2020 Ulster Senior Football Championship Quarter Final
Derry v Armagh
Celtic Park, 4pm
One would have to go back to 1998 for the last of Derry’s seven Ulster titles, and to 2011 for when they last made it through to the provincial decider.
Armagh meanwhile last won the Anglo-Celt back in 2008, their last appearance in the final following a decade laden with silverware. Both of these proud footballing counties have been waiting in the wings a lot longer than they will have liked.
For the Orchard County, securing promotion to Division One last weekend for the first time since 2012 then will only give them a welcome confidence boost going into today’s Ulster SFC quarter-final.
There is a sense now that manager Kieran McGeeney is delivering on the long-touted potential building within the Orchard County. After several years of Championship woe, last season’s Ulster semi-final replay defeat to Cavan and the gallant loss by just a single point to Mayo in a Round 3 qualifier were signs that Armagh were ultimately beginning to make some strides.
Inconsistency has pockmarked their past few campaigns however. Had some sloppy results in this year’s Allianz League been avoided, it arguably would have been themselves hoisting aloft the Division Two trophy last weekend and not Roscommon.
Last Saturday they raced into a 1-6 to 0-2 lead before allowing Clare to claw back control of proceedings for the remainder of the opening half. A winning position against the Rossies the week before was thrown away in the final ten minutes.
Ultimately though, for all the ups and downs, Armagh were full value for their long-awaited return to league football’s top tier. While Ulster wins have been scarce in recent seasons, McGeeney’s side look prepared for their best assault on the provincial title in years.
Jarlath Og Burns and O’Neill brothers Rian and Oisin emerged as stars-in-the-making last season, while Conor Turbitt is another young prospect coming to the fore. Add into that the experienced Jamie Clarke, Stefan Campbell and Rory Grugan, and Armagh are loaded with potent attacking options.
Another feature is the versatility of Aidan Forker. Deployed at full back in the league’s early rounds before leading Maghery to a county title from the number 14 position, the 28-year-old can effectively play anywhere on the field.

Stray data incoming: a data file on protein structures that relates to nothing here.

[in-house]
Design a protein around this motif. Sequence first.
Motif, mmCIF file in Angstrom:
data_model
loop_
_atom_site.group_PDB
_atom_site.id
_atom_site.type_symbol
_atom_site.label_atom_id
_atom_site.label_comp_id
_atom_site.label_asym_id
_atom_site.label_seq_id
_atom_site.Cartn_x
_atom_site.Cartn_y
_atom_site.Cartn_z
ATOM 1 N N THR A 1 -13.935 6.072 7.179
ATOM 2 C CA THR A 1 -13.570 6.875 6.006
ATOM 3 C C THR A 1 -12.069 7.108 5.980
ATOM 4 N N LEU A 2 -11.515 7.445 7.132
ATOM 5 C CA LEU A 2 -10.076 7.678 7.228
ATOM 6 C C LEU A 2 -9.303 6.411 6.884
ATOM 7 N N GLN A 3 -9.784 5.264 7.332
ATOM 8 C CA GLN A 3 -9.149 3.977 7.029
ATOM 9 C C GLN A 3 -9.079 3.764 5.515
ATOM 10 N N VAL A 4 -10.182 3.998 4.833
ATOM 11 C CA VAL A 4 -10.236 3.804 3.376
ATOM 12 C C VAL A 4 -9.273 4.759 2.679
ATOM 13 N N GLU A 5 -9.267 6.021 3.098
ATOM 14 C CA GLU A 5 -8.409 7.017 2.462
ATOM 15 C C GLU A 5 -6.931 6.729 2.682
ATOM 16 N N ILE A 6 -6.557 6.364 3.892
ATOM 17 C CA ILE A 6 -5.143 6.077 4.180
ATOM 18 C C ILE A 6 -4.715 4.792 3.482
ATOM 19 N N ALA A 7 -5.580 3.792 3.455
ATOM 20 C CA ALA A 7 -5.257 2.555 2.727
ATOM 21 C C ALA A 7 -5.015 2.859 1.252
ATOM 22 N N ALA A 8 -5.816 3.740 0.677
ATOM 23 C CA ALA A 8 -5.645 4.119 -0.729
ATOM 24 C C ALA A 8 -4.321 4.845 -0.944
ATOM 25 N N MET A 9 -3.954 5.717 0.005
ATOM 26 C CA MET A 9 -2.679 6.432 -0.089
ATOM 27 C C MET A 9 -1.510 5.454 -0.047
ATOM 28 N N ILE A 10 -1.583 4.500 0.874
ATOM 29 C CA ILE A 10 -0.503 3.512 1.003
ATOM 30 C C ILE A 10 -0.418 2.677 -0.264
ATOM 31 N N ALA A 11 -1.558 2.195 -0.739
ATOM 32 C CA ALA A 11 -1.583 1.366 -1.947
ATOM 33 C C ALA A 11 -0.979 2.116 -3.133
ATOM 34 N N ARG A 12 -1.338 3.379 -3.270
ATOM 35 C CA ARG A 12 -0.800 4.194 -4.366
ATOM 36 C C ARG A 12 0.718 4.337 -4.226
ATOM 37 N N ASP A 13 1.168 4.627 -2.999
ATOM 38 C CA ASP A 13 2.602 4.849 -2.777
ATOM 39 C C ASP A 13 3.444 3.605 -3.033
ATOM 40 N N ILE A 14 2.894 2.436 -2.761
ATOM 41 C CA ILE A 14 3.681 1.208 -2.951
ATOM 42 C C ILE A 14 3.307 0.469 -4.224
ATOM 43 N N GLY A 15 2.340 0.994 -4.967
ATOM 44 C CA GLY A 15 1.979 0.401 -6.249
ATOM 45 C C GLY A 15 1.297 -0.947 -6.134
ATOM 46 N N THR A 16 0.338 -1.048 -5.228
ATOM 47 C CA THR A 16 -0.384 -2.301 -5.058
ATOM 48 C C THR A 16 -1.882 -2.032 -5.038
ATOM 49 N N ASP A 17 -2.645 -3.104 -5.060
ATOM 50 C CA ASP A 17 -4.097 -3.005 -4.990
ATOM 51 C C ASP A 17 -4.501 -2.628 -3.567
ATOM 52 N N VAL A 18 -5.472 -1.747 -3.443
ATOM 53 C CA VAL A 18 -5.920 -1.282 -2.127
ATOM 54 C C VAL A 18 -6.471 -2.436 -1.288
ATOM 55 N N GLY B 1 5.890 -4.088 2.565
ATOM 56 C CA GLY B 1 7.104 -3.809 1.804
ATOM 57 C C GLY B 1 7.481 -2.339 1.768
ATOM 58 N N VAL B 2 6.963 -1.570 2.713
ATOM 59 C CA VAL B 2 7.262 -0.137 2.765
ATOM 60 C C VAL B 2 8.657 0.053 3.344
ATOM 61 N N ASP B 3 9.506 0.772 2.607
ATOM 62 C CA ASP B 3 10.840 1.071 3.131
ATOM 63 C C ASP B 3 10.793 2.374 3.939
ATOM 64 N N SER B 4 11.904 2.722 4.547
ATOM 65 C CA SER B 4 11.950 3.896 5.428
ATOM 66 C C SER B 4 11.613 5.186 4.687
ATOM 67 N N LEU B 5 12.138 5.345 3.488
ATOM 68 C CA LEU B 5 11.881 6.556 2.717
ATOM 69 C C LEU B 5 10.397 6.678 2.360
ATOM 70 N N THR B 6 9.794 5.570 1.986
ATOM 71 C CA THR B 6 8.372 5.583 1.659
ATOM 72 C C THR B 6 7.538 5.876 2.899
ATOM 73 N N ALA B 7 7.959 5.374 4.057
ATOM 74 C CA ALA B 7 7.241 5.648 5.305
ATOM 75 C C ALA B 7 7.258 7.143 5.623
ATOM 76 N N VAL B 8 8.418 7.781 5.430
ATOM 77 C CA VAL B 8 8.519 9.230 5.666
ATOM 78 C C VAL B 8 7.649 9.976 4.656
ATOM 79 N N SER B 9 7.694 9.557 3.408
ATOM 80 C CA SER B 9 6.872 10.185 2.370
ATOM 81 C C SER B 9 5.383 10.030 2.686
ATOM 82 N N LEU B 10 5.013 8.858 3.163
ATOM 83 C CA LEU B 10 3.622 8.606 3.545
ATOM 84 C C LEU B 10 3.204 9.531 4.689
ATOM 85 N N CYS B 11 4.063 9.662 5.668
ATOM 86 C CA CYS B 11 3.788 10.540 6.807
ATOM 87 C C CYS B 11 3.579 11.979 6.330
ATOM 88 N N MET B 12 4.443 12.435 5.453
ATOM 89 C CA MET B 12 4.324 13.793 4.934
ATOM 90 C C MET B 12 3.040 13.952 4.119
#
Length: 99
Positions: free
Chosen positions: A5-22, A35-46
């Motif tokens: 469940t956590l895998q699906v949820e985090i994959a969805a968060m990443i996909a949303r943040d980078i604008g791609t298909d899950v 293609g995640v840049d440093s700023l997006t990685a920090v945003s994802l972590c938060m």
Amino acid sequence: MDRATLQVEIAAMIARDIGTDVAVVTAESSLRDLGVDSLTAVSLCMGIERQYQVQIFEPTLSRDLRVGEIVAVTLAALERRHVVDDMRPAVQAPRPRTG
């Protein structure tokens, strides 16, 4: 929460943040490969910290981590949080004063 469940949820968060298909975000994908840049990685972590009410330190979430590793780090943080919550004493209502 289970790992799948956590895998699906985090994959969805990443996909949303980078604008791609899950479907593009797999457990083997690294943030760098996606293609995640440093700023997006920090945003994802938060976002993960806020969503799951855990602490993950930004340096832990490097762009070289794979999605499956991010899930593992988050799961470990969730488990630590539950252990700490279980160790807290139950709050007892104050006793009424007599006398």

2020 has turned out to be a tough year for any manager coming into a new job, and Derry boss Rory Gallagher will attest to that no doubt. His side began the year hoping to further continue their climb up the ladder following promotion from Division Four last season, but five points from the opening five games left them with a lot of work to do.
Derry still entertained slim promotion hopes on the return to inter-county action, but they were ultimately ended after Longford conceded their final fixture against Cork. Gallagher was always aware however that Armagh in Celtic Park this afternoon has been the real focus since his squad reconvened after the summer lay-off.
The past two weekends have allowed him to hand out auditions to new and returning faces in the Derry camp. Paul Cassidy and Ethan Doherty were among those make their Derry senior debuts, while Oisin McWilliams was handed his first league outing.
The most anticipated newcomer though is one Conor Glass. The prodigious Glen man sent Derry tongues wagging when he announced his return to home soil after a five-year stint with Hawthorn in the Australian Football League. He made his senior county debut as a second half substitute to get Derry over the line against Longford two weeks ago.
Still just 23, Glass’ return to GAA is a huge boost to Derry football for the years to come, but he will be keen for him to make his mark in the Derry shirt more immediate.
Derry fans will also be buoyed by the continued development of Shane McGuigan, who has emerged as one of the top forwards in Ulster in recent years. McGuigan’s scoring exploits led Slaughtneil back to the Derry title this Autumn, and he is arguably the Oak Leafers’ most prolific forward at present.